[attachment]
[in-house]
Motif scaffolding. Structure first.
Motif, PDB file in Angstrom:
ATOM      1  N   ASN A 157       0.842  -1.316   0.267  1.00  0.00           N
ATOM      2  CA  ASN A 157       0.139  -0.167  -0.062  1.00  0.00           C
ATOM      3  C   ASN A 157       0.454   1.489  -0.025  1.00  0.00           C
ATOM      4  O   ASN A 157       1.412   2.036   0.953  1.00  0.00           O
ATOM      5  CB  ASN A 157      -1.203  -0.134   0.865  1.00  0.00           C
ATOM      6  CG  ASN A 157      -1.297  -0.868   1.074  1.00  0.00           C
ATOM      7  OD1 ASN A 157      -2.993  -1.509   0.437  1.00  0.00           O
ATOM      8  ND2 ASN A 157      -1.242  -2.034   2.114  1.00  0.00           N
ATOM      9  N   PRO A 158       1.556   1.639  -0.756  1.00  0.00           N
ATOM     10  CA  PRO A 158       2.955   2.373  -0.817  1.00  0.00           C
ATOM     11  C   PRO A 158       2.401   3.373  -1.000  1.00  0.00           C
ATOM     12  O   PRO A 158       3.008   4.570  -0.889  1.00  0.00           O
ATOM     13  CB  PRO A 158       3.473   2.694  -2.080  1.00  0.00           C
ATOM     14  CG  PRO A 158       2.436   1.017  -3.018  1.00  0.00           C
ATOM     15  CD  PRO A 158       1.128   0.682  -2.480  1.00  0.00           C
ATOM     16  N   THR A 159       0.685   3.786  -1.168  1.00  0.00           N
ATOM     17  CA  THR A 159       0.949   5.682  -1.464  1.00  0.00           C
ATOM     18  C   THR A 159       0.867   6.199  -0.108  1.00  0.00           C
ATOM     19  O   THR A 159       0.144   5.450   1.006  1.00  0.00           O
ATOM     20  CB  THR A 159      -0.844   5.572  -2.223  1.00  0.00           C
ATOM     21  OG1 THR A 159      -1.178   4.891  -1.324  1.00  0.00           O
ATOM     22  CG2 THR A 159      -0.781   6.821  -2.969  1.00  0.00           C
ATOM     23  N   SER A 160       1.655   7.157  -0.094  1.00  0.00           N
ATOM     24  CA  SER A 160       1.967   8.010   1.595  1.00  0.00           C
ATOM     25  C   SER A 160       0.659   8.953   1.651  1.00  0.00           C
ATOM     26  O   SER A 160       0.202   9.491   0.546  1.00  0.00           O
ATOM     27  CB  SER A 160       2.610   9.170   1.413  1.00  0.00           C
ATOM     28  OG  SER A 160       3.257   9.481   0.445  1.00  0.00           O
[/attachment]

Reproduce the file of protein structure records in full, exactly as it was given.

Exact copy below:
[in-house]
Motif scaffolding. Structure first.
Motif, PDB file in Angstrom:
ATOM      1  N   ASN A 157       0.842  -1.316   0.267  1.00  0.00           N
ATOM      2  CA  ASN A 157       0.139  -0.167  -0.062  1.00  0.00           C
ATOM      3  C   ASN A 157       0.454   1.489  -0.025  1.00  0.00           C
ATOM      4  O   ASN A 157       1.412   2.036   0.953  1.00  0.00           O
ATOM      5  CB  ASN A 157      -1.203  -0.134   0.865  1.00  0.00           C
ATOM      6  CG  ASN A 157      -1.297  -0.868   1.074  1.00  0.00           C
ATOM      7  OD1 ASN A 157      -2.993  -1.509   0.437  1.00  0.00           O
ATOM      8  ND2 ASN A 157      -1.242  -2.034   2.114  1.00  0.00           N
ATOM      9  N   PRO A 158       1.556   1.639  -0.756  1.00  0.00           N
ATOM     10  CA  PRO A 158       2.955   2.373  -0.817  1.00  0.00           C
ATOM     11  C   PRO A 158       2.401   3.373  -1.000  1.00  0.00           C
ATOM     12  O   PRO A 158       3.008   4.570  -0.889  1.00  0.00           O
ATOM     13  CB  PRO A 158       3.473   2.694  -2.080  1.00  0.00           C
ATOM     14  CG  PRO A 158       2.436   1.017  -3.018  1.00  0.00           C
ATOM     15  CD  PRO A 158       1.128   0.682  -2.480  1.00  0.00           C
ATOM     16  N   THR A 159       0.685   3.786  -1.168  1.00  0.00           N
ATOM     17  CA  THR A 159       0.949   5.682  -1.464  1.00  0.00           C
ATOM     18  C   THR A 159       0.867   6.199  -0.108  1.00  0.00           C
ATOM     19  O   THR A 159       0.144   5.450   1.006  1.00  0.00           O
ATOM     20  CB  THR A 159      -0.844   5.572  -2.223  1.00  0.00           C
ATOM     21  OG1 THR A 159      -1.178   4.891  -1.324  1.00  0.00           O
ATOM     22  CG2 THR A 159      -0.781   6.821  -2.969  1.00  0.00           C
ATOM     23  N   SER A 160       1.655   7.157  -0.094  1.00  0.00           N
ATOM     24  CA  SER A 160       1.967   8.010   1.595  1.00  0.00           C
ATOM     25  C   SER A 160       0.659   8.953   1.651  1.00  0.00           C
ATOM     26  O   SER A 160       0.202   9.491   0.546  1.00  0.00           O
ATOM     27  CB  SER A 160       2.610   9.170   1.413  1.00  0.00           C
ATOM     28  OG  SER A 160       3.257   9.481   0.445  1.00  0.00           O